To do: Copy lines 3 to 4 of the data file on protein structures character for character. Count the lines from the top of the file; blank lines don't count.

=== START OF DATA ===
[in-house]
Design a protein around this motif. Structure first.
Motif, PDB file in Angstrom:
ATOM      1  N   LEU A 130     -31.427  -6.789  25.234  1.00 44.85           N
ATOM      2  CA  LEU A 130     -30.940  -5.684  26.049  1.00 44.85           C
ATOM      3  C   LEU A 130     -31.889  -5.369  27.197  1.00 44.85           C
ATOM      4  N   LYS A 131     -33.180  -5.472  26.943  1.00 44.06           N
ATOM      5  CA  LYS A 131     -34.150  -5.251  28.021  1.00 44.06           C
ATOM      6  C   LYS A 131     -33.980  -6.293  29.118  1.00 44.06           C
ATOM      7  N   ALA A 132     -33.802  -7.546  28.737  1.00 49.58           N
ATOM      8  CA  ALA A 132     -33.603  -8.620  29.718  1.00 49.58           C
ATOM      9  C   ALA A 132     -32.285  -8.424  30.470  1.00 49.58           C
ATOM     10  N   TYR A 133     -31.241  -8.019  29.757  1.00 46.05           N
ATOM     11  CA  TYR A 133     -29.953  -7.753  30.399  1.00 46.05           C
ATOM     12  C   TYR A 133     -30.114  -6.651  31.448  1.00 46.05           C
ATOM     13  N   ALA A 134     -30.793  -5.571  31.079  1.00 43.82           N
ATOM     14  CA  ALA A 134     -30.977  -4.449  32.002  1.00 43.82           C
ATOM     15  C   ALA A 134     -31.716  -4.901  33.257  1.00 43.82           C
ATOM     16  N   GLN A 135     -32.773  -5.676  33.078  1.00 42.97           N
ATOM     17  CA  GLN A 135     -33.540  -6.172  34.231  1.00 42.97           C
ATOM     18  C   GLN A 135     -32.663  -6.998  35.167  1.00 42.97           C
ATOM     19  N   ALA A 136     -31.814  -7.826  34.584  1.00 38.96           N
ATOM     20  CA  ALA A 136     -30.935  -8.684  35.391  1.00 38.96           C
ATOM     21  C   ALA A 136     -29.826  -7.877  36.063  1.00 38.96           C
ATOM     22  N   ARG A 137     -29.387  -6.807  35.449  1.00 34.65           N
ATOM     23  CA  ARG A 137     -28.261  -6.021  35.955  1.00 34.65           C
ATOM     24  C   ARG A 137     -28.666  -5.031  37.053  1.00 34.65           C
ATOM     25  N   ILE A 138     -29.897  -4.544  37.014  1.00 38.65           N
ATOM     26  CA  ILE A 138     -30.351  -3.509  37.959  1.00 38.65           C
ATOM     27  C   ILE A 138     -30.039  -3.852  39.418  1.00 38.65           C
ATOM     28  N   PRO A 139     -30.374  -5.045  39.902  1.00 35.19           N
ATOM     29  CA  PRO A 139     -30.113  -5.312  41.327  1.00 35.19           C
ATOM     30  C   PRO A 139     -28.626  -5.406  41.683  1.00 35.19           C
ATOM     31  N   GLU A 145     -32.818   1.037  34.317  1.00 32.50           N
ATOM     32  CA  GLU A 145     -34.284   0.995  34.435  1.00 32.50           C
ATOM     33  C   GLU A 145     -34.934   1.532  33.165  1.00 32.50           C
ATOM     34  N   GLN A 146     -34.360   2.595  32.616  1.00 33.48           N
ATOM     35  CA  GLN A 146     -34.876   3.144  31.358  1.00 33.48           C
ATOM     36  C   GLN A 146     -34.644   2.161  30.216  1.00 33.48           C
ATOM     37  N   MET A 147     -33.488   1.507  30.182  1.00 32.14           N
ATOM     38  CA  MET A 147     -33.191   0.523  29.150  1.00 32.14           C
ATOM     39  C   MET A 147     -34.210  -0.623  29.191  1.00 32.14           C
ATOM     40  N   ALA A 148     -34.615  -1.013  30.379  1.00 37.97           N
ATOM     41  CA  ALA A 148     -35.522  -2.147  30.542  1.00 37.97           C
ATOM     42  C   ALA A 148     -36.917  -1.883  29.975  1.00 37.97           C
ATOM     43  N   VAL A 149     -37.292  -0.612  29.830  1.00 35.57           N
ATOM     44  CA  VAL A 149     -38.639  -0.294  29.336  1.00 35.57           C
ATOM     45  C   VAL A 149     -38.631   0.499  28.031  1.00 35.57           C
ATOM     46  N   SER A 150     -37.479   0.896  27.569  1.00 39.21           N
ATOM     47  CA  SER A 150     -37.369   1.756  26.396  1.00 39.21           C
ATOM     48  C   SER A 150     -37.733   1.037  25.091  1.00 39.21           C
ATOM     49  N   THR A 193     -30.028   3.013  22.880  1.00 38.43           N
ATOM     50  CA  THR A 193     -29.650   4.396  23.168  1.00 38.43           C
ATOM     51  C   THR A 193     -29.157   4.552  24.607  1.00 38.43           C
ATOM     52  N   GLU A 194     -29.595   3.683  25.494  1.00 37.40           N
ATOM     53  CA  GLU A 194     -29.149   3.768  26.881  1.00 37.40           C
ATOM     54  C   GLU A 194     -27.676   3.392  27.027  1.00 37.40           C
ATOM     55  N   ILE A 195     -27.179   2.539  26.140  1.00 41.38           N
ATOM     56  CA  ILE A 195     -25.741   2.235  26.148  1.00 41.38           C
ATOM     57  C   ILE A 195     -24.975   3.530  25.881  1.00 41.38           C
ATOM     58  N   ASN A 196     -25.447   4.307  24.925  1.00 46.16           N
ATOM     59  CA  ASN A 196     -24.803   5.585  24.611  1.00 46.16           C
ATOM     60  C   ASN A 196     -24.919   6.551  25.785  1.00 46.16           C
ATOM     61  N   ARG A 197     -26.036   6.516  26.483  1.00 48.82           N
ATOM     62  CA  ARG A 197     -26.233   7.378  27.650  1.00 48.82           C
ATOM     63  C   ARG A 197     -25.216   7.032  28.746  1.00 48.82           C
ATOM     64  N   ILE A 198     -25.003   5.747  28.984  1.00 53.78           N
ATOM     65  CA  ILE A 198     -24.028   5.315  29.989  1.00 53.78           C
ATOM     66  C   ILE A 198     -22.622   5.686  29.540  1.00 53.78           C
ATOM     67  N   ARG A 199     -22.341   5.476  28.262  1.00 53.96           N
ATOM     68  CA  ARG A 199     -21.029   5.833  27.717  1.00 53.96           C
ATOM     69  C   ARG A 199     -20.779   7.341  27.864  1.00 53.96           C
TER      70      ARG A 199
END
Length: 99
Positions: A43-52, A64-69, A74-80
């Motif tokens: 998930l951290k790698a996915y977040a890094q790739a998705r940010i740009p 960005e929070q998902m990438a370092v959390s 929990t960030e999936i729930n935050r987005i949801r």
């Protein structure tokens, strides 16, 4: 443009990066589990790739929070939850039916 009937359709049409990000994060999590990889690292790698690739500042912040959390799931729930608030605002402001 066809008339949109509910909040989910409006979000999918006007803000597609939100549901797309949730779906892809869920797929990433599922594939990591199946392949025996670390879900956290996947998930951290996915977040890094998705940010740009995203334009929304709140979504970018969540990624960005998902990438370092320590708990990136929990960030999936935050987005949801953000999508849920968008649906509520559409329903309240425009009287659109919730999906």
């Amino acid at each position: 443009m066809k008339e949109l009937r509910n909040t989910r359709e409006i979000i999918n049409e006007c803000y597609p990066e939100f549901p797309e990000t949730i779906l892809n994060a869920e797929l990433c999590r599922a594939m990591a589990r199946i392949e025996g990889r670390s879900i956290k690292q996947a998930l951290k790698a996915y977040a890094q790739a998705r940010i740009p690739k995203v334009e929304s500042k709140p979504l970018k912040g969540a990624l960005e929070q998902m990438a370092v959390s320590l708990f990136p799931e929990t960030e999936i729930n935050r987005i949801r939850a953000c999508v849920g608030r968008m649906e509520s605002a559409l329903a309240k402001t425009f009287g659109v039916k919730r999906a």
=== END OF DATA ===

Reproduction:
Motif, PDB file in Angstrom:
ATOM      1  N   LEU A 130     -31.427  -6.789  25.234  1.00 44.85           N